SANAA, 8 September 2009 (IRIN) – The humanitarian community in Yemen is considering using Saudi Arabia as an entry point for getting aid into Saada Governorate, northern Yemen, where fighting between Houthi rebels and government forces has been raging since 12 August.
According to a recent report, by the Office for the Coordination of Humanitarian Affairs (OCHA), Yemen’s minister of health has told the humanitarian community that talks are in progress between the Yemeni and Saudi governments to establish a corridor through which aid can be delivered across the Saudi border into Saada, rather than on insecure roads leading from Sanaa, the Yemeni capital.
“One of the new negotiations that the UN country team is doing is to try to go up north and get into Saada from Saudi Arabia,” Walter Bruzzoni, emergency coordinator at the International Organization for Migration (IOM), said.
The World Food Programme (WFP) sent a logistics officer to Saudi Arabia last month to look into the possibility of identifying “supply routes, warehousing, as well as ports to allow for the speedy delivery of aid” to Saada, according to Maria Santamarina, a WFP advocacy official.
“WFP is particularly interested in reaching the Baqim area of north Saada, where some 15,000 IDPs are estimated to have fled. To this end, the governments of Saudi Arabia and Yemen have been supportive and are assisting humanitarian agencies both to access the area through Saudi Arabia and assess the situation, as well as to arrange the delivery of aid,” Santamarina said.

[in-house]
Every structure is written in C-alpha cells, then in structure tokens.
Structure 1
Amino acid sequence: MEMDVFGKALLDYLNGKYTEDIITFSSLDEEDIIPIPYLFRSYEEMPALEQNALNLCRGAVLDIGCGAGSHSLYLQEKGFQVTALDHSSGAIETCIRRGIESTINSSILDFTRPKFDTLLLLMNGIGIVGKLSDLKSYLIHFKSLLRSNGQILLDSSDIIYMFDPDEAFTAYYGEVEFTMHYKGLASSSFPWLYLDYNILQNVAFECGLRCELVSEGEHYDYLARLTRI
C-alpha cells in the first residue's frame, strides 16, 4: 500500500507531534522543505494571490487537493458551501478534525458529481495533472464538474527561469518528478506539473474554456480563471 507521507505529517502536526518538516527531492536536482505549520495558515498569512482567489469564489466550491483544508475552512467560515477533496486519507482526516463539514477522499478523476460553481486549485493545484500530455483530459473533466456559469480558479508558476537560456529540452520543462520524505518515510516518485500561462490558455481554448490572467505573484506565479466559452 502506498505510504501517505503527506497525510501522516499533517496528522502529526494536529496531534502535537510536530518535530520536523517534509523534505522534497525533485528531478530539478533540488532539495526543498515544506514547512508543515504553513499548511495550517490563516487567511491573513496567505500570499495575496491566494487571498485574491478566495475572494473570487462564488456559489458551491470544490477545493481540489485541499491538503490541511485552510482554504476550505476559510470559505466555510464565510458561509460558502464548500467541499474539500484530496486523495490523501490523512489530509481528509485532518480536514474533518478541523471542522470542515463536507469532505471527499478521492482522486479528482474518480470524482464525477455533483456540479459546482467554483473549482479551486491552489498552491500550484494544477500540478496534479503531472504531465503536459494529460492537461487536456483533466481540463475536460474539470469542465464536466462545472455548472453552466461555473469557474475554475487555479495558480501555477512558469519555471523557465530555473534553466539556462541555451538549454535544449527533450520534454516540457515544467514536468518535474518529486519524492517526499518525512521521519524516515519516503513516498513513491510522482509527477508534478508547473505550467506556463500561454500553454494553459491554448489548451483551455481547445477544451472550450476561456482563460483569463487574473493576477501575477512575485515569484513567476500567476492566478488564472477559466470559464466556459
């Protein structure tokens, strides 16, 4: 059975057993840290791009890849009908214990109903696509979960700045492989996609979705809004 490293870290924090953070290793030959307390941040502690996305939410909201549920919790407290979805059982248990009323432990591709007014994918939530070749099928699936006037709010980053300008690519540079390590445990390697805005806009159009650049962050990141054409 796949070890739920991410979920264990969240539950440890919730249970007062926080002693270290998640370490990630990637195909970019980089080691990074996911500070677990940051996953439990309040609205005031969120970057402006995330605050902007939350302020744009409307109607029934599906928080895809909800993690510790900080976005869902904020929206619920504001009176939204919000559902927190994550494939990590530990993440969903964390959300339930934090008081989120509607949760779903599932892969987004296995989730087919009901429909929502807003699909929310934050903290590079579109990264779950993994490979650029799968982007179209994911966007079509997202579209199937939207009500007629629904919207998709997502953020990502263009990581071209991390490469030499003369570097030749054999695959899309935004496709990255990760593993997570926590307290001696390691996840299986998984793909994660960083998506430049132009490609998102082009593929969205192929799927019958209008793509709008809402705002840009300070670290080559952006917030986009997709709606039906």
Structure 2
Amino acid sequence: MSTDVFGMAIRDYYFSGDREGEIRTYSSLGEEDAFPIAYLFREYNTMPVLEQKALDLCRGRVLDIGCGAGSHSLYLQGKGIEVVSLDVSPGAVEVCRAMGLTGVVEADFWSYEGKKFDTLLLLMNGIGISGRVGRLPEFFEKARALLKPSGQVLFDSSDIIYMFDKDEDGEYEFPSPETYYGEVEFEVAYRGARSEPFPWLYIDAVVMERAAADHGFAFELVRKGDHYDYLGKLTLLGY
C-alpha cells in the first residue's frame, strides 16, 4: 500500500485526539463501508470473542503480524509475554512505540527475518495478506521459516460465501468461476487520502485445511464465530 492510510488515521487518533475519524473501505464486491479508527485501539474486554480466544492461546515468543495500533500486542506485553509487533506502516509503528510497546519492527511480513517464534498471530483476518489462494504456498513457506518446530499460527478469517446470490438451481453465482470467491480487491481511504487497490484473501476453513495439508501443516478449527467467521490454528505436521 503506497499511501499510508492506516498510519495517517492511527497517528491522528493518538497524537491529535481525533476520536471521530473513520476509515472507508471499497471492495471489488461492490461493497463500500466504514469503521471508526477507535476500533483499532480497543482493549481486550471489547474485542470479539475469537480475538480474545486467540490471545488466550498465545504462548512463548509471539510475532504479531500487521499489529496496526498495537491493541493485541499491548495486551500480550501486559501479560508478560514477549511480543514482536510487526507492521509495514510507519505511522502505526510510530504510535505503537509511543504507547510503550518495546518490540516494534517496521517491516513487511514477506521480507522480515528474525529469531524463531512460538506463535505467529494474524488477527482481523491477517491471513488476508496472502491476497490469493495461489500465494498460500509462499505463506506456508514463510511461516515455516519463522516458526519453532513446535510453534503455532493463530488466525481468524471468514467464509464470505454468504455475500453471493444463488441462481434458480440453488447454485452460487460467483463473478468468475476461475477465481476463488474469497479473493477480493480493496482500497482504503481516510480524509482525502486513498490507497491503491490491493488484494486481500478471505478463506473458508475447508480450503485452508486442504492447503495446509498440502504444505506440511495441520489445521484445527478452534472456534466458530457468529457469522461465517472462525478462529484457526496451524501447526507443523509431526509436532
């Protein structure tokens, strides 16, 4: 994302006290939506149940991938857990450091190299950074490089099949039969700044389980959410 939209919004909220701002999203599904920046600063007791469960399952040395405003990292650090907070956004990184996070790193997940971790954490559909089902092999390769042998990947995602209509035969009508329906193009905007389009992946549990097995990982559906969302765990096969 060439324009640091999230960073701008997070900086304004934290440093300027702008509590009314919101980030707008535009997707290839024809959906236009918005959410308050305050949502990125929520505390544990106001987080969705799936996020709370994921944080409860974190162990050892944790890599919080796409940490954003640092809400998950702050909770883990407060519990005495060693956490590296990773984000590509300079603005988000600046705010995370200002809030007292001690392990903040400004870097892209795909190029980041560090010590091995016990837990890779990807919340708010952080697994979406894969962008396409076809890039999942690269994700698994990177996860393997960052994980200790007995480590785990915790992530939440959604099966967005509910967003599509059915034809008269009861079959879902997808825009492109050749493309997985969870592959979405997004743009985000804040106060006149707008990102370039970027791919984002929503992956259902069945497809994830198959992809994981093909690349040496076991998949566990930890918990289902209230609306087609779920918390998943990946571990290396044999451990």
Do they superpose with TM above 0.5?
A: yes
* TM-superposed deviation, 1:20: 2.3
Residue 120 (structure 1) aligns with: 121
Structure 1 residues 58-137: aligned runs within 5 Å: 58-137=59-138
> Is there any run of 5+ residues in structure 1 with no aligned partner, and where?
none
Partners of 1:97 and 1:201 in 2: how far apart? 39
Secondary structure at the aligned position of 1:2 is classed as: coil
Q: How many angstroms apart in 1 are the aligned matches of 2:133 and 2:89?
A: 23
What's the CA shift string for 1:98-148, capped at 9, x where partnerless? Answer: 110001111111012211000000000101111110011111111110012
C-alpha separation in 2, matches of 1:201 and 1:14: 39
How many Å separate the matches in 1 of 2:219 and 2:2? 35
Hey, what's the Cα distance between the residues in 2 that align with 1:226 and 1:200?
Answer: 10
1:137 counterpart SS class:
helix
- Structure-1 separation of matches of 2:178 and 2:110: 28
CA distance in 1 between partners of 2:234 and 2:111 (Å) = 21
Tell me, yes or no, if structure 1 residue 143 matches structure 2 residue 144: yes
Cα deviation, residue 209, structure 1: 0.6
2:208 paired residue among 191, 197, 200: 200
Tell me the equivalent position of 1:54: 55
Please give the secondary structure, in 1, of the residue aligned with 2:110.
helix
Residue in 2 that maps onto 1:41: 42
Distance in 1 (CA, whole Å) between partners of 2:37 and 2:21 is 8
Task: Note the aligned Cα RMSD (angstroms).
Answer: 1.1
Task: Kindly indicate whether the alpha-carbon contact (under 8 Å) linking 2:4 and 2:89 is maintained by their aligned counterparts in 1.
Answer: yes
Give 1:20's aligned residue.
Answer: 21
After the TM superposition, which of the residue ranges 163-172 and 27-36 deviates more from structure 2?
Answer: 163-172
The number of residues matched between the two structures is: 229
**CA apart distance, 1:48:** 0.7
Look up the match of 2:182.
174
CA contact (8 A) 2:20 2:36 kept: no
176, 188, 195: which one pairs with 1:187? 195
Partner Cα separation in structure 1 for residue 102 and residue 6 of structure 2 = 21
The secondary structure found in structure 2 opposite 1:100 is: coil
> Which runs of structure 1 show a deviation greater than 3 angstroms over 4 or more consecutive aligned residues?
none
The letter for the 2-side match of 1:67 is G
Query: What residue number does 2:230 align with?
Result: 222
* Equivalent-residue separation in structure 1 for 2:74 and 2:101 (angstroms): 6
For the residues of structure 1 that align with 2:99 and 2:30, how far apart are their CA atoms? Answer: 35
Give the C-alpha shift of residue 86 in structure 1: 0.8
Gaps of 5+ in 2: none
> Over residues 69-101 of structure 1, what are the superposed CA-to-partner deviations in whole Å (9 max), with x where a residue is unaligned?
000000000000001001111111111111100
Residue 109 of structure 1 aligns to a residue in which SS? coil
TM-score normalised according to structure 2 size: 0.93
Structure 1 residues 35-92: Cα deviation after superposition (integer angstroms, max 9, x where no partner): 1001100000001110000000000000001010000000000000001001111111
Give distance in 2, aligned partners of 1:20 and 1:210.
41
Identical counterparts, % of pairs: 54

Mohamed Nashwan, an IOM operations specialist highlighted access problems: “The big challenge is reaching the IDPs in Saada. We could reach them if the government and Houthis agreed a ceasefire to allow access, but at this moment I doubt that will happen.”
A ceasefire between the army and the Houthis, which was supposed to enable a safe corridor for aid to be delivered to Saada’s civilian population, broke down less than four hours after it was agreed on 4 September. Both sides accuse the other of breaching the agreement.
The UN estimates that 150,000 civilians have been displaced since 2004, when fighting between the government and the Houthi rebels first began. Aid agencies say this latest bout of fighting has been the worst in terms of its impact on Saada’s civilian population: For the first time IDPs are fleeing into Saada’s neighbouring governorates of Hajjah, Amran and al-Jawf.